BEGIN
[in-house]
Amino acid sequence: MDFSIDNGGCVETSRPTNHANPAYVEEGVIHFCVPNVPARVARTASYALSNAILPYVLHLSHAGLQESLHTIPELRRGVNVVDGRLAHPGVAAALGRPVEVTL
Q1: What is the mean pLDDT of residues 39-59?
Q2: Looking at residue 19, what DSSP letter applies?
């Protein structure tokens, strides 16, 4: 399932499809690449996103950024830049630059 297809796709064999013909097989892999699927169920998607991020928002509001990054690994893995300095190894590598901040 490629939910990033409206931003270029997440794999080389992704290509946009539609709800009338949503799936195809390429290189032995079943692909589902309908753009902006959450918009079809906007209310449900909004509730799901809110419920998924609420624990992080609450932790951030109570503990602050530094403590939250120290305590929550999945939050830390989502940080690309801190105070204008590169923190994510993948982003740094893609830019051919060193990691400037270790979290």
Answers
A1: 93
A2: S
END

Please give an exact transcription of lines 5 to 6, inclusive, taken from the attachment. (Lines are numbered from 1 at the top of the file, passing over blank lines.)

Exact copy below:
């Protein structure tokens, strides 16, 4: 399932499809690449996103950024830049630059 297809796709064999013909097989892999699927169920998607991020928002509001990054690994893995300095190894590598901040 490629939910990033409206931003270029997440794999080389992704290509946009539609709800009338949503799936195809390429290189032995079943692909589902309908753009902006959450918009079809906007209310449900909004509730799901809110419920998924609420624990992080609450932790951030109570503990602050530094403590939250120290305590929550999945939050830390989502940080690309801190105070204008590169923190994510993948982003740094893609830019051919060193990691400037270790979290």
Answers